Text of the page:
Issue 35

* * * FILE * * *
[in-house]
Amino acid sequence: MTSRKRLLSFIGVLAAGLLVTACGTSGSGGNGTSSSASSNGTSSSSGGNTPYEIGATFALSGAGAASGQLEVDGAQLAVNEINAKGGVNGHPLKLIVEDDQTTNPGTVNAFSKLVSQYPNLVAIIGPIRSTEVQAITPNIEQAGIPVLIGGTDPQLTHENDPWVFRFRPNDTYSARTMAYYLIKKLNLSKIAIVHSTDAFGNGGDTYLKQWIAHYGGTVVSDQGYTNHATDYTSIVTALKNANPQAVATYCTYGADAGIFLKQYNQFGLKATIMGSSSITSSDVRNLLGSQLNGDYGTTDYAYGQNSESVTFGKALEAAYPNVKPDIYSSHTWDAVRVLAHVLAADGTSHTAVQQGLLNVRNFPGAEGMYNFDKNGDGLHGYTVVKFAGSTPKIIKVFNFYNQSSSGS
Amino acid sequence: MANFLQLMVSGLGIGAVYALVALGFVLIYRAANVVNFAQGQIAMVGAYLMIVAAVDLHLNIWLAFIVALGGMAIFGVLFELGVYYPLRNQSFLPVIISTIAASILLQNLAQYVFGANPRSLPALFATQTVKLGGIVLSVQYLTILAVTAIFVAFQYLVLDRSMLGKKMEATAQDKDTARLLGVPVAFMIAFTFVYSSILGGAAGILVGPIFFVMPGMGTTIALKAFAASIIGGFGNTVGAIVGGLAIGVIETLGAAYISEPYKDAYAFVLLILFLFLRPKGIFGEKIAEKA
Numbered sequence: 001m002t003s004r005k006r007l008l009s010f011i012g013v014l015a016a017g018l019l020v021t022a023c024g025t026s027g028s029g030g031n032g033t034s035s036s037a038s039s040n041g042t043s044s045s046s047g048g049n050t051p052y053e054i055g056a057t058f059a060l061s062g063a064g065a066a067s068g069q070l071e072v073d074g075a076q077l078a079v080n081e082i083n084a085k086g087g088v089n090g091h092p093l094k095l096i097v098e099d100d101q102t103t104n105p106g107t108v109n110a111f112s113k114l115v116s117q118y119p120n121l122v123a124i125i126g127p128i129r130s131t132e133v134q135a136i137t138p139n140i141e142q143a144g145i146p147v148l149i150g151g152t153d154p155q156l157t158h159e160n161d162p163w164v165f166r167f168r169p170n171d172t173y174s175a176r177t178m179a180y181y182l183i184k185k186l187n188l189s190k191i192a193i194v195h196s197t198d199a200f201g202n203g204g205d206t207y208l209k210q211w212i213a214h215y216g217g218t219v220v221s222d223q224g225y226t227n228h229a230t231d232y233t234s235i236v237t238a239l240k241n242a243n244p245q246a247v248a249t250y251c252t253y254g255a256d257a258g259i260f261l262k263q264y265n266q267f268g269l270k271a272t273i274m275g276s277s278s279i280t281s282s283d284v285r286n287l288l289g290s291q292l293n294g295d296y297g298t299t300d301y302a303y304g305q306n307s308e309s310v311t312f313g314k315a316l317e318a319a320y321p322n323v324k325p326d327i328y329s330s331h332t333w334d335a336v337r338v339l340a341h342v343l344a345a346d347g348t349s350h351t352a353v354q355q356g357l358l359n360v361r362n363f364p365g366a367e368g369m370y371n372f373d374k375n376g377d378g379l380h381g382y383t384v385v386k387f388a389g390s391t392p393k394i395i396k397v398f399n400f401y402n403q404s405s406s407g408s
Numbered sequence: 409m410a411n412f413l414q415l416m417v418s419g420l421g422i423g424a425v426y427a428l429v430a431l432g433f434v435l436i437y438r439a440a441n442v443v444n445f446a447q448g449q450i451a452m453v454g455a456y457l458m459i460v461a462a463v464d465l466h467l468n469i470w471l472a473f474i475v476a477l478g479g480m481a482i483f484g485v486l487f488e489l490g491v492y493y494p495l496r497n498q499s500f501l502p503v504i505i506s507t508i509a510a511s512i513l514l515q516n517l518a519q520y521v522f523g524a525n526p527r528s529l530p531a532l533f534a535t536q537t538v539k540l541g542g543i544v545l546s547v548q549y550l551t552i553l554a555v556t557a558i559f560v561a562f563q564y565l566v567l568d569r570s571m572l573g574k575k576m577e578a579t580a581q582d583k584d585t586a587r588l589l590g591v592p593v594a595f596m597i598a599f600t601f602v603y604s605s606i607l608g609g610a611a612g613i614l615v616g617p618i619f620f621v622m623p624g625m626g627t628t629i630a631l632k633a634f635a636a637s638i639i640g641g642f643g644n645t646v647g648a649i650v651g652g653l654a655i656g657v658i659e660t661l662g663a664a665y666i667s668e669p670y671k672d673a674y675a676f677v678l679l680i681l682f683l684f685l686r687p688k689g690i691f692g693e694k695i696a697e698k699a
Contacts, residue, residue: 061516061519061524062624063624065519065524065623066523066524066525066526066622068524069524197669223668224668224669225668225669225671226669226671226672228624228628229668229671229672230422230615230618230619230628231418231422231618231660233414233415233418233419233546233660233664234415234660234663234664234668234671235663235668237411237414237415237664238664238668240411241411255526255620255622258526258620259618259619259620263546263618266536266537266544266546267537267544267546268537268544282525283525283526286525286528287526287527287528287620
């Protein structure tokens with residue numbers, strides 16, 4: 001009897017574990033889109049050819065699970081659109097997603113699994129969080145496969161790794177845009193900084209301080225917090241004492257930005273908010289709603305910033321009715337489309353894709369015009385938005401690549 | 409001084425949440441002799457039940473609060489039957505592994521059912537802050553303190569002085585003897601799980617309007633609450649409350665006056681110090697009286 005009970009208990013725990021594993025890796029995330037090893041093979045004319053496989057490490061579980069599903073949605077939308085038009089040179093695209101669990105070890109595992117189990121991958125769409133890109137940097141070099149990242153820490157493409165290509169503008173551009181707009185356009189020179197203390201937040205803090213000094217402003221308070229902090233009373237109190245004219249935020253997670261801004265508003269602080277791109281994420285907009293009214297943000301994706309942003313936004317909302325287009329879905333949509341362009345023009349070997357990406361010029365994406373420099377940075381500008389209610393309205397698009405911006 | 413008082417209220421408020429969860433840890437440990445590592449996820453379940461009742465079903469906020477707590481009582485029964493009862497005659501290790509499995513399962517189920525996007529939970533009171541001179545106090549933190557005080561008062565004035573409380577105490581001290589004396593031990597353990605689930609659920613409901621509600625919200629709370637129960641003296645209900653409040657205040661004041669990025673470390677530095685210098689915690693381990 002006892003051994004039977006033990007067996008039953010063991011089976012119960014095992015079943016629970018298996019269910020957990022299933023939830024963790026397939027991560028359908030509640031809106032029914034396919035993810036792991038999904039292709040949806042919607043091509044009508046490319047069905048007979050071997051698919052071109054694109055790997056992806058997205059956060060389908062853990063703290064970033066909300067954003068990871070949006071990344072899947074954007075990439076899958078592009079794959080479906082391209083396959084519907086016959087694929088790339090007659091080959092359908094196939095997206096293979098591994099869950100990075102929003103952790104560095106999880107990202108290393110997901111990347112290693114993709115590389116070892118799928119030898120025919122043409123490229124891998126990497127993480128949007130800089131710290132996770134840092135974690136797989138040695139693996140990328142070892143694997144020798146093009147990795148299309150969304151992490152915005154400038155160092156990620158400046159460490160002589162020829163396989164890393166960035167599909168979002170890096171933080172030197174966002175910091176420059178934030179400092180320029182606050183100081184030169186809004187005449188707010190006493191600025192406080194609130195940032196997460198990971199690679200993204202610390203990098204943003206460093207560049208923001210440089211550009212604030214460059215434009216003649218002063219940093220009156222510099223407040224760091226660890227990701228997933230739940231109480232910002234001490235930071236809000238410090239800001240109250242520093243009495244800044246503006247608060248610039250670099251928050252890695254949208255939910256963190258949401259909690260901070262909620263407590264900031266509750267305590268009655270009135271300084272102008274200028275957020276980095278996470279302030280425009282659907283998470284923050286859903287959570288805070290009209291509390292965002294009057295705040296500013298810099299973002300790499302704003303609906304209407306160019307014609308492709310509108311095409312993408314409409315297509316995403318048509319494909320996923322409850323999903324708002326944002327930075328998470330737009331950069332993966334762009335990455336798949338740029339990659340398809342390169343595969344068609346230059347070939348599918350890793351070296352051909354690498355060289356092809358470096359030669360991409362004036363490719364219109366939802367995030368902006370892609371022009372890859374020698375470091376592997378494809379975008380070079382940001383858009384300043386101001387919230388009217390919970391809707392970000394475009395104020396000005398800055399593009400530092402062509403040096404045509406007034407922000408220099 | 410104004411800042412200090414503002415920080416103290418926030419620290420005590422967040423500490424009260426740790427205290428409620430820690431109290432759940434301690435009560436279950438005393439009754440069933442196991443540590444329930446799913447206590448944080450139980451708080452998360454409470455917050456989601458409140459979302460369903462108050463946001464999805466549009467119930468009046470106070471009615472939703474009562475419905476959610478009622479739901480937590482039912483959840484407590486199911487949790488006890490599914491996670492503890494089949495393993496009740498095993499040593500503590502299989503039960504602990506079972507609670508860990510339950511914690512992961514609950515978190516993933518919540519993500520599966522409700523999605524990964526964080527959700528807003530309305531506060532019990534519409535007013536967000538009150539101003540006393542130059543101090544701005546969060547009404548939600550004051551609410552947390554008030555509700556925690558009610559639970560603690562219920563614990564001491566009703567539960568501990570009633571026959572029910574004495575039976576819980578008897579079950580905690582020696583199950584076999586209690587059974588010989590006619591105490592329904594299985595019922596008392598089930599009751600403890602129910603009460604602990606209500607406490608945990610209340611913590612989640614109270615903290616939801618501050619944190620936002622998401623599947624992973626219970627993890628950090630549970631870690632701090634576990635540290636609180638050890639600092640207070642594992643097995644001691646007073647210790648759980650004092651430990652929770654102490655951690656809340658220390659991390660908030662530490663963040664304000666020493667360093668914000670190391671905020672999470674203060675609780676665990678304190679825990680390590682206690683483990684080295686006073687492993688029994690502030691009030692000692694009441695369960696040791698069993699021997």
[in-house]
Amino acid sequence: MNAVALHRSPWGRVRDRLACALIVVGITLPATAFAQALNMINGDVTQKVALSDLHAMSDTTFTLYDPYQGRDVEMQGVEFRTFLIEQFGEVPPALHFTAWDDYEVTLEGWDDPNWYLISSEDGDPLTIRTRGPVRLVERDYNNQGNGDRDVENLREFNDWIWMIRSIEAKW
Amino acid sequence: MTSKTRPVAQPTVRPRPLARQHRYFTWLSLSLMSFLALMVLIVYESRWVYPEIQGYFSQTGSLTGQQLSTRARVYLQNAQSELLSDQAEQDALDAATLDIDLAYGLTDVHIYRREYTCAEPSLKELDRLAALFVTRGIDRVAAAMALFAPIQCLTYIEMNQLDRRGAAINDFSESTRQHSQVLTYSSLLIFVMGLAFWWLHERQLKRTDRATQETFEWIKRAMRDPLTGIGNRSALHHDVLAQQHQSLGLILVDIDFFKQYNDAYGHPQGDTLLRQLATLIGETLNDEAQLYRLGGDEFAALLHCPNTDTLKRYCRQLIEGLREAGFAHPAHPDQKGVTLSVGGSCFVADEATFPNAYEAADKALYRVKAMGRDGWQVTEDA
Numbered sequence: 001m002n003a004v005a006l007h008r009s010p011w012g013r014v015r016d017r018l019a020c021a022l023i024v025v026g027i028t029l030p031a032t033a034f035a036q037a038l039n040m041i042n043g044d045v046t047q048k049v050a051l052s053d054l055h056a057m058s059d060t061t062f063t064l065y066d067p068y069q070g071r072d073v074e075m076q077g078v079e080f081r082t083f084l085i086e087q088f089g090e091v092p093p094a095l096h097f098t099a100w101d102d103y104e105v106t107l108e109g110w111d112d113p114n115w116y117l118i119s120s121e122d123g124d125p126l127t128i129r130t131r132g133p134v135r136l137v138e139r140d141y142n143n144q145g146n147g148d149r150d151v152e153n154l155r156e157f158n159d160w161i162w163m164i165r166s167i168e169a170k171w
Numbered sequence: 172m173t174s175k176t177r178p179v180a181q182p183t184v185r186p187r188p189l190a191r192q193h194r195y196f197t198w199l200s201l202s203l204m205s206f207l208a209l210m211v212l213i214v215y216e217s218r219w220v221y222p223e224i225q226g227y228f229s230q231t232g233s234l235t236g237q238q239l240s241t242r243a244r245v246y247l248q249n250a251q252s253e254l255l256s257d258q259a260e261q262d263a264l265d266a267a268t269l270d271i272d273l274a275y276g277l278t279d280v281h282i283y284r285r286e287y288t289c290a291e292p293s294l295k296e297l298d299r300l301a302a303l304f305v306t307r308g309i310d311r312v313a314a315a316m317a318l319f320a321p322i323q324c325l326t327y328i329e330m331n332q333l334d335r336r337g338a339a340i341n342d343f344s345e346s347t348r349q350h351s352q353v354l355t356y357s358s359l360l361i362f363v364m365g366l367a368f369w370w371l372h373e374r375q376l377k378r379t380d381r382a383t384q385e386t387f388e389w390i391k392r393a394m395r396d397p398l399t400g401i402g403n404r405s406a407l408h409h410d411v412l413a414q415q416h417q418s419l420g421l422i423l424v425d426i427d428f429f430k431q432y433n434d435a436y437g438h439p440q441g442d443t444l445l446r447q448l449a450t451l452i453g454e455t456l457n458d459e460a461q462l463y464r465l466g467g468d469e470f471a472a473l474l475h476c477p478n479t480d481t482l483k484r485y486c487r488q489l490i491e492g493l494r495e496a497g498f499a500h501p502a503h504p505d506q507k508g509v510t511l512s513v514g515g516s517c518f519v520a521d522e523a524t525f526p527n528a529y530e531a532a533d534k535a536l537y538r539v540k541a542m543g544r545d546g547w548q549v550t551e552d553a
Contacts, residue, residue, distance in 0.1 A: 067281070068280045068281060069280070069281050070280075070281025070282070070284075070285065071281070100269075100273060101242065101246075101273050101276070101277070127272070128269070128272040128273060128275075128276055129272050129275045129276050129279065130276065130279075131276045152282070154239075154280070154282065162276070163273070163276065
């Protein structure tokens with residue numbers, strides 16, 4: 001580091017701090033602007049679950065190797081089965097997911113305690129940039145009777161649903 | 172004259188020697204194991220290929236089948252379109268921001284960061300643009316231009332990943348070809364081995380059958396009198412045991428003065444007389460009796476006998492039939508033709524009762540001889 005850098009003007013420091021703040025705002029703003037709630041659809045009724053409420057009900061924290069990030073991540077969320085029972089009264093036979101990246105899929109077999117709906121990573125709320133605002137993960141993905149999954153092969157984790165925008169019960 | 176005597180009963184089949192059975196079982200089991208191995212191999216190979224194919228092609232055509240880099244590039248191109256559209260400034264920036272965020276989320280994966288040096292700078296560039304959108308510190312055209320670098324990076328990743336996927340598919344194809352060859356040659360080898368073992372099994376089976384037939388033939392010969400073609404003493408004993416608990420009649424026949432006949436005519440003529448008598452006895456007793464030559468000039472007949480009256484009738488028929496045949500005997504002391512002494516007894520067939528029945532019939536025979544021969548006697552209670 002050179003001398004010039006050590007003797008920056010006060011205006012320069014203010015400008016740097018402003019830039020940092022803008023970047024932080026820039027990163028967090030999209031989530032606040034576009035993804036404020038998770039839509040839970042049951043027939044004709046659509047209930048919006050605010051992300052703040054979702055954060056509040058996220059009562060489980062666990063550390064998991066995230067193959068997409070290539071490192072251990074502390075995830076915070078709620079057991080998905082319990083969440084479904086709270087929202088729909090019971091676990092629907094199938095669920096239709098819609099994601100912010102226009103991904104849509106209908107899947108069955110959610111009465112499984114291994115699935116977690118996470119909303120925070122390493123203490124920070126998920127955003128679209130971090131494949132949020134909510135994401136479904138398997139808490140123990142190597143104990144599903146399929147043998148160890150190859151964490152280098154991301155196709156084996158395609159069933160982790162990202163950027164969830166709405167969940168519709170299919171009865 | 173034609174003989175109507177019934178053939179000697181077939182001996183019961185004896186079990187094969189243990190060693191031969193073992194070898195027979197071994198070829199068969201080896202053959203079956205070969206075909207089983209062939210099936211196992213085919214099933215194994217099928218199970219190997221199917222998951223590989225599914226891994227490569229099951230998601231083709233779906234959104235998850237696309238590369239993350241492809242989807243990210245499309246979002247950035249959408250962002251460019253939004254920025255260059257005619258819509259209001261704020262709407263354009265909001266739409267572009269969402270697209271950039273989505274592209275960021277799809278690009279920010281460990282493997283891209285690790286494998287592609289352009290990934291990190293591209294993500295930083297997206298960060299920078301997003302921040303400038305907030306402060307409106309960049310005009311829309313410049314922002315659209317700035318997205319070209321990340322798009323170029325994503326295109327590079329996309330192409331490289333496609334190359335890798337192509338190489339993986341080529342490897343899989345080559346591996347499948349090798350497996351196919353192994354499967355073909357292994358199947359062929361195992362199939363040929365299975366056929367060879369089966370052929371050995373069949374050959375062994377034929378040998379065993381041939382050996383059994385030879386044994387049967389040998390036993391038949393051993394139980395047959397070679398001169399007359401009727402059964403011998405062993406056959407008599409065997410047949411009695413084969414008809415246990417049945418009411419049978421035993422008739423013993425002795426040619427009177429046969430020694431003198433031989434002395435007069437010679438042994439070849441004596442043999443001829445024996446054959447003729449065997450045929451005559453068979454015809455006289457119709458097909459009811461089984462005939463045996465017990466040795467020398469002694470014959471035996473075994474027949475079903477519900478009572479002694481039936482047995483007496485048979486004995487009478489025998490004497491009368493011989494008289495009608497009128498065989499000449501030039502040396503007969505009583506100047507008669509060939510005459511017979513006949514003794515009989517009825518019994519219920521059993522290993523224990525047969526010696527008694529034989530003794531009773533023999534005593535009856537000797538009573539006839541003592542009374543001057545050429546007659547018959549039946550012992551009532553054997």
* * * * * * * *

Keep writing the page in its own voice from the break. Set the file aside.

E. Fessler et alii, Frattura ed Integrità Strutturale, 35 (2016) 223-231; DOI: 10.3221/IGF-ESIS.35.26 225 The first part of the test consisted in a fatigue crack growth test under load control conditions. The tests were performed using 10-X-10 trapezoidal load cycles, where 10 is the time in seconds used to load and to unload the sample, and X denotes the hold time (in seconds) at maximum load. Hold times of 300 s and 1200 s have been investigated. All the tests were performed at a constant load ratio of R=0.05. During tests, the crack growth was monitored using a direct current potential drop technique (DCPD) previously calibrated by finite element calculations (see for e.g. [10]). These testing conditions were applied until the crack propagates over 200 µm in order to collect data in the Paris regime. The second part of the test focused on the low ΔK regime and consisted in a K-decreasing procedure performed by shedding the applied force step wisely while applying the investigated 10-X-10 cycle. ASTM E-647 recommends applying this method until a crack growth rate of 10 -10 m/cycle or less is reached to determine the crack growth threshold. Doing so with 10-X-10 cycles would be time consuming and for this reason, tests were performed until crack growth rates between 10 -8 m/cycle and 10 -9 m/cycle were reached. Another fatigue crack growth test can be subsequently performed with hold time under load control conditions to acquire more data. On the other side, several tests were stopped directly after the K-decreasing procedure to obtain information at the crack tip in the low ΔK regime. Scanning electron microscopy was used in order to determine the transgranular or intergranular nature of the fracture surfaces. Crack path observations were also performed. The samples (broken at the end of the test) were axially cut, perpendicularly to the fracture surface, with a diamond tip cutter. The crack path appears along the edge of the cut plane. In order to protect the crack path during polishing and to avoid blunting it, a nickel coating was applied on the fracture surface. This way, the blunting will affect the nickel coating edge and allow keeping the crack path undamaged. The crack path will then be observed using electron backscatter diffraction and back-scattered electron (BSE) imaging. R ESULTS Fracture surfaces observations canning electron microscopy was used to observe the fracture surfaces of samples tested under hold time conditions in the Paris regime first. For all the investigated temperatures (from 550 °C up to 650 °C) and hold time durations (300 s and 1200 s), the fracture surfaces exhibited an intergranular fracture (see Fig. 1-b). For the same temperature, under 2 Hz pure fatigue loading, transgranular fracture was observed (see Fig. 1-a). A large amount of δ phase particles were observed on both transgranular and intergranular fracture surfaces (indicated by white arrows on Fig. 1-a and 1-b). Figure 1 : a) Transgranular fracture under sinusoidal 2Hz load cycle, b) Intergranular fracture under hold time conditions. The black arrows indicate the crack propagation direction. The fracture surfaces in the low ΔK regime were also investigated. A progressive transition from a fully intergranular fracture (Fig. 2-b) to transgranular fracture (Fig. 2-c) was observed as K decreases. No fatigue striations were observed on the transgranular domain. Such a transition has also been observed by Li [9] in alloy 720Li, using a load increasing procedure. This procedure consists in applying the 10-X-10 cycle at a load level corresponding to a K slightly higher than the fatigue crack growth threshold ΔK th . The maximum load level is then progressively increased until a significant crack growth is detected using the DCPD method. This method was also used on some samples. The load level was increased by 10 % every 24 h if no significant crack growth was detected as monitored with the DCPD method. Using this testing S